Wet spring increases Lyme risk
The Boston Globe, July 4, 2003
Massachusetts residents may be facing the riskiest summer ever for contracting Lyme disease, doctors warn, because the cold, wet spring has dramatically boosted the population of deer ticks that carry the bacteria that causes the debilitating condition.
Once thought of as a problem mainly on Cape Cod and the islands, Lyme disease has marched across the entire state and the number of people infected has almost tripled since 1998.
Now, the sheer number of deer ticks concerns physicians from the Cape to the Berkshires. Some doctors in the Boston area and Western Massachusetts have already seen an increase in the number of Lyme disease cases compared to this time last year, although most people are diagnosed with the condition a bit later in the summer.
''In general, the more ticks there are, the more people will become infected [with Lyme disease],'' said Dr. Jonathan Edlow, emergency physician at Beth Israel Deaconess Medical Center and author of the new book ''Bull's-Eye: Unraveling the Medical Mystery of Lyme Disease.''
Tick season begins in springtime and continues through the warm summer months, according to the Centers for Disease Control and Prevention, with the peak tick activity occurring between May and August.
Lyme disease, a bacterial infection that can lead to serious neurological problems, is easily treated with antibiotics when diagnosed early.
But some patients sometimes don't realize that they have the condition, or even that they've been bitten by the speck-sized deer tick.
The first warning sign of Lyme disease is often the appearance of a bull's-eye rash, although 1 in 5 patients exhibit no rash.
Early symptoms of Lyme disease often include fever and joint aches.
The growth of the deer population has brought deer ticks to areas of the state where residents tend not to take typical precautions, such as wearing long pants in the woods.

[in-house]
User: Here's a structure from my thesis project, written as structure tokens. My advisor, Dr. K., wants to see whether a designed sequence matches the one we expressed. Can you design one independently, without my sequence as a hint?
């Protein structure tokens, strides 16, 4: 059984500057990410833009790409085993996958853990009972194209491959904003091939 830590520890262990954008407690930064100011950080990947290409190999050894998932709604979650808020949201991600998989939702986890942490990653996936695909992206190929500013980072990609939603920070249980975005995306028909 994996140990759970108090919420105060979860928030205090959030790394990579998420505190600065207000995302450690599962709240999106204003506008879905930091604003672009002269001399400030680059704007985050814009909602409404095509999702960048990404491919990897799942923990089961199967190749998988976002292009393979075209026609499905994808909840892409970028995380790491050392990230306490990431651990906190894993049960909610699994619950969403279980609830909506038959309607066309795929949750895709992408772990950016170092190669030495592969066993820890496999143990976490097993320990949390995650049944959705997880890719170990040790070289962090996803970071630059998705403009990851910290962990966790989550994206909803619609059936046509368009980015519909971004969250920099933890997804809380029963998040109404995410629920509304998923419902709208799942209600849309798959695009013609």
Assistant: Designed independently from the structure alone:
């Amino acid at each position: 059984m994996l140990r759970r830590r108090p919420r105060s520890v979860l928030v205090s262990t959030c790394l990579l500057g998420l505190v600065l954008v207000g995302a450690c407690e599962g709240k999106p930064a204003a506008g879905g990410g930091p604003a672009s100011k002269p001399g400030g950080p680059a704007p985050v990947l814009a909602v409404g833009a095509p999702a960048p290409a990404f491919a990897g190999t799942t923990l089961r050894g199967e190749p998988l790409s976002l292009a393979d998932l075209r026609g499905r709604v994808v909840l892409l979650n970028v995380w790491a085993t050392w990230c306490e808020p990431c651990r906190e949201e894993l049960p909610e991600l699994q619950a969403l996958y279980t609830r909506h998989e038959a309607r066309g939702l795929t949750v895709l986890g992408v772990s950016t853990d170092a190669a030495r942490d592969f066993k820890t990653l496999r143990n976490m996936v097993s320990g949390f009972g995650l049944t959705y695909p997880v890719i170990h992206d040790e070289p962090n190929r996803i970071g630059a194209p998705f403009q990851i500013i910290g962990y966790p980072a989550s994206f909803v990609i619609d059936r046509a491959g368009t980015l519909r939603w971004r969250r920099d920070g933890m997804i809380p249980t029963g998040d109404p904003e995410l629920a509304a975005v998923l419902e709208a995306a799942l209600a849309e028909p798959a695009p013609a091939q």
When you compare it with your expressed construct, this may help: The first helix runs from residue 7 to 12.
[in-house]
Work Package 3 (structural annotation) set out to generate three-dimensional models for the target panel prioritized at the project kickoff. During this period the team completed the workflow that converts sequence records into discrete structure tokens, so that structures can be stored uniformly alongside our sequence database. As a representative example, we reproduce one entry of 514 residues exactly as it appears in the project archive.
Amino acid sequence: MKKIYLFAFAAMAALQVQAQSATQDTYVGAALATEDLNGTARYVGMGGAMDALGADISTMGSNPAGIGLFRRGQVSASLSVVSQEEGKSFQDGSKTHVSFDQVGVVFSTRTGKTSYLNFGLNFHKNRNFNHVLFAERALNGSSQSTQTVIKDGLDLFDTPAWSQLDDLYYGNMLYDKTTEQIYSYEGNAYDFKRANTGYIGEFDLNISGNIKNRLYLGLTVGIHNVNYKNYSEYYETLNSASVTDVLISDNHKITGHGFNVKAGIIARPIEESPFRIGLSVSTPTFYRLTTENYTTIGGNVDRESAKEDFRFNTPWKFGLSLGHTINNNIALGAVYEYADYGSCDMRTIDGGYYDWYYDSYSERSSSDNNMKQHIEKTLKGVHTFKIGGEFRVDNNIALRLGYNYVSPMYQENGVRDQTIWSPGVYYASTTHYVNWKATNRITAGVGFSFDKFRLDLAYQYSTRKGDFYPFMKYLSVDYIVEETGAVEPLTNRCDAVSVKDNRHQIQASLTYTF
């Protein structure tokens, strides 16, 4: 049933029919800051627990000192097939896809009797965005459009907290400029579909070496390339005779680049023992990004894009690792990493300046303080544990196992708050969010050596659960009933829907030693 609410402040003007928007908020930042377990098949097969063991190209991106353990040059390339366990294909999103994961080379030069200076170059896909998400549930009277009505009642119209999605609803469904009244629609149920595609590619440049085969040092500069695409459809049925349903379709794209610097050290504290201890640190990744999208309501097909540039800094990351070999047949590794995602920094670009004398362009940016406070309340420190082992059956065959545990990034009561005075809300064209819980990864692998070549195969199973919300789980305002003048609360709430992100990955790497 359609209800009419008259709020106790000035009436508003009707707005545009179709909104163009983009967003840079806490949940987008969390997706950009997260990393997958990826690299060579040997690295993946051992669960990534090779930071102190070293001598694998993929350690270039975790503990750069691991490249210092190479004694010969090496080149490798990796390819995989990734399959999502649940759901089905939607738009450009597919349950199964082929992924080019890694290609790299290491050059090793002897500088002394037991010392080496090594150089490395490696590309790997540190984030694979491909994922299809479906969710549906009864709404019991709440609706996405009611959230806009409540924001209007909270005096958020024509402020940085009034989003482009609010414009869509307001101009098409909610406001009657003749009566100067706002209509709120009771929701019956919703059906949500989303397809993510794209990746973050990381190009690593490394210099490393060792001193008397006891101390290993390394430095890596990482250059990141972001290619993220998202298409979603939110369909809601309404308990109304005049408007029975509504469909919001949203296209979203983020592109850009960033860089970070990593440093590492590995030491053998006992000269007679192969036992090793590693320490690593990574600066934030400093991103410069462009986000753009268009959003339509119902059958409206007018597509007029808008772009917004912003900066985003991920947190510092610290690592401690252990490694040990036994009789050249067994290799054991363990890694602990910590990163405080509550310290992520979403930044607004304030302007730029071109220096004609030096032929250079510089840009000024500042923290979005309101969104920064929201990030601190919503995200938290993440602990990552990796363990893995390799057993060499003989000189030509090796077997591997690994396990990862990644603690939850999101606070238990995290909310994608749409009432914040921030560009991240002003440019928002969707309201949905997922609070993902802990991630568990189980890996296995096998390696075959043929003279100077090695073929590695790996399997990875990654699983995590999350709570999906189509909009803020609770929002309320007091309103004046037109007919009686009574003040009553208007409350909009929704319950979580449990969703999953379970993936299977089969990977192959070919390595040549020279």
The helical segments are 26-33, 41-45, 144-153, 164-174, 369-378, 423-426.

As a result, the number of Lyme disease cases has grown from about 700 in 1998 to nearly 2000 last year.
This year, an unusual amount of rain and cooler temperatures allowed adult ticks from last year to survive instead of dying as they normally do when the woods dry out.
Coupled with the newer generations of ticks, they put people at more risk of getting bitten.
''We're seeing more adult ticks now, but that doesn't necessarily decide what's going to happen [with Lyme disease] this season,'' said Dr. Richard Pollack, instructor of tropical public health at Harvard School of Public Health.
In part, that's because adult deer ticks are larger and more obvious to spot, making it less likely they will draw blood before being picked off; in general, ticks are unlikely to transmit the disease unless they are attached to their victim for 24 hours.
As a result, adult deer ticks account for less than 10 percent of Lyme disease cases, according to Dr. Sam Telford, assistant professor at Tufts Veterinary School who has worked on Lyme disease for the past 20 years.
However, physicians in some parts of the state say they are seeing more patients suffering from symptoms of Lyme disease.
Dr. Barbara Stechenberg, director of pediatric infectious diseases at Baystate Medical Center Children's Hospital in Springfield, has fielded numerous calls in the last few weeks from local doctors ''saying they're having patients coming in with early signs of Lyme disease.''
''It's not surprising, hearing about these cases,'' Stechenberg said. ''We've had an explosion of deer ticks in our area.''
''There's been a tremendous increase in the western part of the state,'' said Fredric Cantor, Massachusetts state public health veterinarian, ''with rates much higher than the national average.'' That's largely because the rural, heavily forested region has an exceptionally large deer herd, he said.
But this may also be a bad year for the more forested Boston suburbs, such as Wellesley, Dover, and Needham, according to Dr. Alan Steere, director of rheumatology at Massachusetts General Hospital.
''I'm regularly seeing cases from that area and since I also live there, I'm aware that we see deer and the deer tick regularly,'' Steere said.
Even with increased awareness, underreporting remains a problem in tracking Lyme disease. Many physicians, already overloaded with paperwork from insurance companies, do not have the time or inclination to fill out the necessary forms.
''Reporting something that is a mild disease is not high on their radar screen,'' Stechenberg said.
For people hiking in the woods - or even just lounging in their backyards - doctors suggest a tick check afterwards. If you do see a bug somewhere on you, they suggest removing it with a pair of tweezers.
The Massachusetts Department of Public Health recommends wearing light colored clothing when spending time outdoors so that the tiny ticks will show up better later when you are looking for them, and keeping a well-manicured lawn to keep ticks away.
A tick bite does not necessarily warrant a doctor's visit, but anyone with the telltale bull's-eye pattern should see a doctor promptly.
This story ran on page A1 of the Boston Globe on 7/4/2003.